“Three years later, Paris remembers again and always, more determined than ever to remain standing and united,” tweeted Paris mayor Anne Hidalgo on Tuesday, along with a picture of Paris Town Hall where banners reading “Paris united” and “Paris remembers” had been hung.
— Anne Hidalgo (@Anne_Hidalgo) November 13, 2018
On Tuesday morning wreaths were to be laid at the six locations where gunmen and suicide bombers struck on November 13, 2015, targeting the national stadium as well as bars, restaurants and the Bataclan concert hall.
French Prime Minister Edouard Philippe, Paris mayor Anne Hidalgo and several other ministers in the government were present along with the families of the victims who were killed at each location.
— Edouard Philippe (@EPhilippePM) November 13, 2018
The ceremonies, as requested by the families of the victims were to be low-key.
A cortege will leave the Stade de France, in Saint-Denis to the north of Paris where a suicide bomber killed one person before heading to the bars and cafes and then the Bataclan music hall where two years ago plaques were unveiled bearing the names of all those who were killed.
— Nat Bordeau ?? ✝✡ (@NatBordeau) November 12, 2018
In the afternoon the charity Life for Paris will hold a ceremony in memory of the victims at the town hall in the 11th arrondissement.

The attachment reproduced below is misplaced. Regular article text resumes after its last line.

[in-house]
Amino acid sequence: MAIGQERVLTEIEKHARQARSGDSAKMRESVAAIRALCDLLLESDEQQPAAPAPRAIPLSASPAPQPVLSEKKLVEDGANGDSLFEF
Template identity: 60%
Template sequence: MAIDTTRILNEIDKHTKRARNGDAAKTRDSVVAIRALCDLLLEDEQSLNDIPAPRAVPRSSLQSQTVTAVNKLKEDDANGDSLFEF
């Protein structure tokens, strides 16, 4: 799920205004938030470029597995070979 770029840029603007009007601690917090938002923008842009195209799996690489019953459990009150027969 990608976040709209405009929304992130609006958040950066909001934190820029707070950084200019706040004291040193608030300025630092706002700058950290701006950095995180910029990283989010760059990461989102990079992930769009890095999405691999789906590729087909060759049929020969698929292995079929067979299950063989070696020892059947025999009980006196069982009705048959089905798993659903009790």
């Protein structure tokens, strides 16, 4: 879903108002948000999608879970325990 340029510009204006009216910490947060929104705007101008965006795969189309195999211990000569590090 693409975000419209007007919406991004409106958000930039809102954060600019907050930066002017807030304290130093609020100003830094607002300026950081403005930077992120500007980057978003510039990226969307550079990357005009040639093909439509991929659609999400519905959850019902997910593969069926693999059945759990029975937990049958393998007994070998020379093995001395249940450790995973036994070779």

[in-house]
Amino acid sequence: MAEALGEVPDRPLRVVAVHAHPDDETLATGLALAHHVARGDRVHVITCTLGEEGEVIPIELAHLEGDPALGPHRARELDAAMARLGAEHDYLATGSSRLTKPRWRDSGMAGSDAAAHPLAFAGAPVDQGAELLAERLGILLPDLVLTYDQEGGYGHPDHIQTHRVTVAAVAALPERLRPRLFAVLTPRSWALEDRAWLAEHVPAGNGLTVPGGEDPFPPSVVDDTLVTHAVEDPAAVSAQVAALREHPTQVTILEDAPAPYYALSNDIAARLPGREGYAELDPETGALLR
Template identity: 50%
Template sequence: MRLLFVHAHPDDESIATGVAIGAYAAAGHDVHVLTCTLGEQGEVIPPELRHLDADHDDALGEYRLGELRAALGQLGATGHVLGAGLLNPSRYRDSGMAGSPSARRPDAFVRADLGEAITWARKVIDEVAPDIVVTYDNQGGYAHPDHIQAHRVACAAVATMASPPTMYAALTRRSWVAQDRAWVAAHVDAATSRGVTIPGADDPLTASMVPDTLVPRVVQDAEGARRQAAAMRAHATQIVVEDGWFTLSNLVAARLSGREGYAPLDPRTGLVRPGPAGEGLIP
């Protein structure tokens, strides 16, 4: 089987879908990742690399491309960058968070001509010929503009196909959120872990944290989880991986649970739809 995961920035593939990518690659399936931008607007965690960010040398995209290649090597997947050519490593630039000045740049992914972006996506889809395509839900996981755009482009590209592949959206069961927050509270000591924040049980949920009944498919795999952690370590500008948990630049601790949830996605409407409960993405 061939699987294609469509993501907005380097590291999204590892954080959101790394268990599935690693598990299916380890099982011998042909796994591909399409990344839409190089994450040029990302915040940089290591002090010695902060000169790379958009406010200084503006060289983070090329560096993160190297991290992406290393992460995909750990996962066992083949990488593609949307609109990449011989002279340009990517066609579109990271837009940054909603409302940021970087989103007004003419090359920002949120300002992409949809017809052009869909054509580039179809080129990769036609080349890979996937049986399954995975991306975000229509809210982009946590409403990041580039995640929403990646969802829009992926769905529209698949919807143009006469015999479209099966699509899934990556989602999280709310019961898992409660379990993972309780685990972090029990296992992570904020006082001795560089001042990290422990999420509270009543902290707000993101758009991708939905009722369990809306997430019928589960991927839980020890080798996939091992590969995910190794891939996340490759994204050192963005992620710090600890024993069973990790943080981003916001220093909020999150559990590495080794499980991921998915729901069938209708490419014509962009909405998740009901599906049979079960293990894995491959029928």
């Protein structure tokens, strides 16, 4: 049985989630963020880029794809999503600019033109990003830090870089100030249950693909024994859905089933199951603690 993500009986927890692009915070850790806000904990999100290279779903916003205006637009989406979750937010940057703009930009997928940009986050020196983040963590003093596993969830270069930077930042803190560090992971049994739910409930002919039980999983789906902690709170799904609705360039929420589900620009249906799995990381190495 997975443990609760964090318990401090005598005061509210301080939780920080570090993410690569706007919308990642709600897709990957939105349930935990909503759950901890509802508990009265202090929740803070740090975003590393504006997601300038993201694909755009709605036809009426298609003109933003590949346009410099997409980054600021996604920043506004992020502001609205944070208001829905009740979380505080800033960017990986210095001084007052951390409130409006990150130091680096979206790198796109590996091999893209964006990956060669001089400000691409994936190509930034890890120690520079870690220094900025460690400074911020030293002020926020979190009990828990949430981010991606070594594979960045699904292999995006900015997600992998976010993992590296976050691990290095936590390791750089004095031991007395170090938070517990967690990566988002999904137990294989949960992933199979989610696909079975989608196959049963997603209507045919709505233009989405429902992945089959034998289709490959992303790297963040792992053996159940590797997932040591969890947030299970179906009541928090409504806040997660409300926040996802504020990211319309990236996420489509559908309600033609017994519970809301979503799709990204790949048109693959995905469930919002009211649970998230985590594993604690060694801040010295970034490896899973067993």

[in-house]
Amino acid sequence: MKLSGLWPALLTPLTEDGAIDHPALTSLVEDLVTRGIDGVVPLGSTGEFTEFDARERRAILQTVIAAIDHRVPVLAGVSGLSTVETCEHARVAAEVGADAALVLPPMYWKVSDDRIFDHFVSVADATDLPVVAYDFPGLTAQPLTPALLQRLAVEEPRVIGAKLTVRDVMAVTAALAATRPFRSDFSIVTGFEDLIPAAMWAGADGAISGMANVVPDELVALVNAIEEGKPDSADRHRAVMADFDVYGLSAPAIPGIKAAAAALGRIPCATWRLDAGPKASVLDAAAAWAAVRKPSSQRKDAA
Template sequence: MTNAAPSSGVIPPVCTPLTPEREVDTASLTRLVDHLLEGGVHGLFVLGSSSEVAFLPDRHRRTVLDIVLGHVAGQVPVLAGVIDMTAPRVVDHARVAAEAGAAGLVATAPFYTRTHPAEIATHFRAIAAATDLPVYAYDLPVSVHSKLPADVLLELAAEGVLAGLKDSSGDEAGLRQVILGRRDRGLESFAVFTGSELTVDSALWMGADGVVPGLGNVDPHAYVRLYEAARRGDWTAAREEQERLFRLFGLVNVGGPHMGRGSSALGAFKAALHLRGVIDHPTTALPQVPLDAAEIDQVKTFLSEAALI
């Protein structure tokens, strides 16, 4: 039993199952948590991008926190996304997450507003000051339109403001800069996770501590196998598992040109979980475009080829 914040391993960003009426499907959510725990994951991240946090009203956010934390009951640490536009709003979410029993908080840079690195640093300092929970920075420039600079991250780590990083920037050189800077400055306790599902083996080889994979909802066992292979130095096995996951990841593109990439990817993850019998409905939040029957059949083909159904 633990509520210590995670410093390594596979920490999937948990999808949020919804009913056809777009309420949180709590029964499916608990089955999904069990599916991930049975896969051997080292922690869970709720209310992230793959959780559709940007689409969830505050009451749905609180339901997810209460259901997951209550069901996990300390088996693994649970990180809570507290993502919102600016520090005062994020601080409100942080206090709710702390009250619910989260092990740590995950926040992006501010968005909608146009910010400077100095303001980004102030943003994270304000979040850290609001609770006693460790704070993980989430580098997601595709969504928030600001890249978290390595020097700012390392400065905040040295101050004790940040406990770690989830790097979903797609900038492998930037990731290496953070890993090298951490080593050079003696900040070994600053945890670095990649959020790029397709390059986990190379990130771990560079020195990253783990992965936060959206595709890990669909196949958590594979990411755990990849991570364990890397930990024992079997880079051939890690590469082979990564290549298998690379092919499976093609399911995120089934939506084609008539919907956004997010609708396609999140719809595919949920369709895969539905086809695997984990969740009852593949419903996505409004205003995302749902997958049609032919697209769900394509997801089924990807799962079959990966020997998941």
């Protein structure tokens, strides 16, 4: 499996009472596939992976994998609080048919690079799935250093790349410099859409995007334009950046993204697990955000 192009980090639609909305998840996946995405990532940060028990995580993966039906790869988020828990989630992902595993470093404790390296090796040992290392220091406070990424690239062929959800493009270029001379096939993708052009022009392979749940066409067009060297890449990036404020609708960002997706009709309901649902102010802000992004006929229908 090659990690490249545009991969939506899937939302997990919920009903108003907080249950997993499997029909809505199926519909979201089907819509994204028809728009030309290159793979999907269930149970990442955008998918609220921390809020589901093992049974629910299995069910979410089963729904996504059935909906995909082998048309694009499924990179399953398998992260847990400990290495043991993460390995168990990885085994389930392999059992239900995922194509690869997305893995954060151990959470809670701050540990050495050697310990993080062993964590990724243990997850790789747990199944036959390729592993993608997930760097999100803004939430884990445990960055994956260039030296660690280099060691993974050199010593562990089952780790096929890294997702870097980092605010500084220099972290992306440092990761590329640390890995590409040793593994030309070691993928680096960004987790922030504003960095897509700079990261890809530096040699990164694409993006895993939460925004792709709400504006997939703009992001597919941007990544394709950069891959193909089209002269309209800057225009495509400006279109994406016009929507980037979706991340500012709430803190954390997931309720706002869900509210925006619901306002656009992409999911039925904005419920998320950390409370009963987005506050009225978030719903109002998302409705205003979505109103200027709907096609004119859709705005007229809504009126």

Electronic billboards around Pars beared the slogan “Fluctuat Nec Mergitur” – the city's motto which became a defiant slogan after the attacks and means “shaken but not sunk.”
— Catherine Kerneïs (@catkerneis) November 13, 2018
The attacks profoundly shook France and left the country under a state of emergency that lasted two years.
— HeRoZ-Pancake (@I_Am_A_Pancake) November 12, 2018
Some 7,000 troops meanwhile remain on the streets under an anti-terror operation known as Sentinelle, carrying out patrols and guarding vulnerable sites such as tourist hotspots.
The Paris attacks were among a series of jihadist assaults that have left more than 240 people dead in France since 2015, starting with the shooting at satirical magazine Charlie Hebdo.
The sprawling police investigation into the Paris attacks continues following an international manhunt for Salah Abdeslam, the only man directly involved in the attacks to have survived.
Abdeslam, a 28-year-old petty delinquent turned jihadist, was captured in a dramatic police operation in Brussels in March 2016 after four months on the run.
Police had hoped he could provide a wealth of information about the planning and execution of the attacks, but he has so far refused to cooperate with the investigation.
It is unclear when he will face trial.